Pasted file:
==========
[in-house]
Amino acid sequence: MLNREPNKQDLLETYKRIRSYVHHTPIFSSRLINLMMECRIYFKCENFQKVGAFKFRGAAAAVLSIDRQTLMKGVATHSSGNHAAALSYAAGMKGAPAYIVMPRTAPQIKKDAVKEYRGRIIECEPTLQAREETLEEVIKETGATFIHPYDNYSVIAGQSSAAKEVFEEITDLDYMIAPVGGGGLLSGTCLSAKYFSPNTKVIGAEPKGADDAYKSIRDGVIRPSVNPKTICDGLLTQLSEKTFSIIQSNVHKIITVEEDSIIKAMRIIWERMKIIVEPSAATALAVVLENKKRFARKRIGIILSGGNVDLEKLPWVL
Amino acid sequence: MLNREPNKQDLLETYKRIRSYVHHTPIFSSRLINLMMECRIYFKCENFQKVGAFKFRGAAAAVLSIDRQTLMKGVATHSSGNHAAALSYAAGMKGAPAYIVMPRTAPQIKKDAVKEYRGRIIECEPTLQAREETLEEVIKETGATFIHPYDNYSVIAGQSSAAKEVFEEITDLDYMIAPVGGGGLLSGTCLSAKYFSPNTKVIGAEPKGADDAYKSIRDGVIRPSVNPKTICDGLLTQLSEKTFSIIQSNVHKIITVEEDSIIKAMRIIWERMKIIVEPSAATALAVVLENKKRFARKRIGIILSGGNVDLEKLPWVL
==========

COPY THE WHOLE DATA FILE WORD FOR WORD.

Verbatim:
[in-house]
Amino acid sequence: MLNREPNKQDLLETYKRIRSYVHHTPIFSSRLINLMMECRIYFKCENFQKVGAFKFRGAAAAVLSIDRQTLMKGVATHSSGNHAAALSYAAGMKGAPAYIVMPRTAPQIKKDAVKEYRGRIIECEPTLQAREETLEEVIKETGATFIHPYDNYSVIAGQSSAAKEVFEEITDLDYMIAPVGGGGLLSGTCLSAKYFSPNTKVIGAEPKGADDAYKSIRDGVIRPSVNPKTICDGLLTQLSEKTFSIIQSNVHKIITVEEDSIIKAMRIIWERMKIIVEPSAATALAVVLENKKRFARKRIGIILSGGNVDLEKLPWVL
Amino acid sequence: MLNREPNKQDLLETYKRIRSYVHHTPIFSSRLINLMMECRIYFKCENFQKVGAFKFRGAAAAVLSIDRQTLMKGVATHSSGNHAAALSYAAGMKGAPAYIVMPRTAPQIKKDAVKEYRGRIIECEPTLQAREETLEEVIKETGATFIHPYDNYSVIAGQSSAAKEVFEEITDLDYMIAPVGGGGLLSGTCLSAKYFSPNTKVIGAEPKGADDAYKSIRDGVIRPSVNPKTICDGLLTQLSEKTFSIIQSNVHKIITVEEDSIIKAMRIIWERMKIIVEPSAATALAVVLENKKRFARKRIGIILSGGNVDLEKLPWVL